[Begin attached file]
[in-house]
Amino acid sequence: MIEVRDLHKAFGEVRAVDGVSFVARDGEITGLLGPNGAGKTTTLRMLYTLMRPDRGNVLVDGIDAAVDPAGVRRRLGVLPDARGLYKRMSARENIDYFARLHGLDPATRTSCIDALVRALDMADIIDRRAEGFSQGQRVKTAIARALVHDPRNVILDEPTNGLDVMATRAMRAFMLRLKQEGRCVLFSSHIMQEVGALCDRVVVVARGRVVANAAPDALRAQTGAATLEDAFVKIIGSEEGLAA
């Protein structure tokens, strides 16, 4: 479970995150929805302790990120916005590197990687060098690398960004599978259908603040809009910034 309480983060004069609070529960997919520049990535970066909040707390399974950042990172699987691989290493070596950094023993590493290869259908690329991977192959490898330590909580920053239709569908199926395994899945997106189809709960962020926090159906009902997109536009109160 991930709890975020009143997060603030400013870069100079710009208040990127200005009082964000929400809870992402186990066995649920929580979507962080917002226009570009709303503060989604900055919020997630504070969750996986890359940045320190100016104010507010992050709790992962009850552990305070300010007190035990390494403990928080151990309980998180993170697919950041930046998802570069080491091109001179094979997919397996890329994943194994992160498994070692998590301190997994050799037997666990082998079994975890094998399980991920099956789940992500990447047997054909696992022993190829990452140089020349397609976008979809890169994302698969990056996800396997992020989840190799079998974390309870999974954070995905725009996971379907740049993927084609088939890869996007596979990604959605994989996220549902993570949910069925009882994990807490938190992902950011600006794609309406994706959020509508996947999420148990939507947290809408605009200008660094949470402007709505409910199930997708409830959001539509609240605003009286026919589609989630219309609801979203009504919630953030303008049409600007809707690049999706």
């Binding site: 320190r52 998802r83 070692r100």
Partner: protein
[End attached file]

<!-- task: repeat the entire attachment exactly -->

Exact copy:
[in-house]
Amino acid sequence: MIEVRDLHKAFGEVRAVDGVSFVARDGEITGLLGPNGAGKTTTLRMLYTLMRPDRGNVLVDGIDAAVDPAGVRRRLGVLPDARGLYKRMSARENIDYFARLHGLDPATRTSCIDALVRALDMADIIDRRAEGFSQGQRVKTAIARALVHDPRNVILDEPTNGLDVMATRAMRAFMLRLKQEGRCVLFSSHIMQEVGALCDRVVVVARGRVVANAAPDALRAQTGAATLEDAFVKIIGSEEGLAA
């Protein structure tokens, strides 16, 4: 479970995150929805302790990120916005590197990687060098690398960004599978259908603040809009910034 309480983060004069609070529960997919520049990535970066909040707390399974950042990172699987691989290493070596950094023993590493290869259908690329991977192959490898330590909580920053239709569908199926395994899945997106189809709960962020926090159906009902997109536009109160 991930709890975020009143997060603030400013870069100079710009208040990127200005009082964000929400809870992402186990066995649920929580979507962080917002226009570009709303503060989604900055919020997630504070969750996986890359940045320190100016104010507010992050709790992962009850552990305070300010007190035990390494403990928080151990309980998180993170697919950041930046998802570069080491091109001179094979997919397996890329994943194994992160498994070692998590301190997994050799037997666990082998079994975890094998399980991920099956789940992500990447047997054909696992022993190829990452140089020349397609976008979809890169994302698969990056996800396997992020989840190799079998974390309870999974954070995905725009996971379907740049993927084609088939890869996007596979990604959605994989996220549902993570949910069925009882994990807490938190992902950011600006794609309406994706959020509508996947999420148990939507947290809408605009200008660094949470402007709505409910199930997708409830959001539509609240605003009286026919589609989630219309609801979203009504919630953030303008049409600007809707690049999706």
């Binding site: 320190r52 998802r83 070692r100």
Partner: protein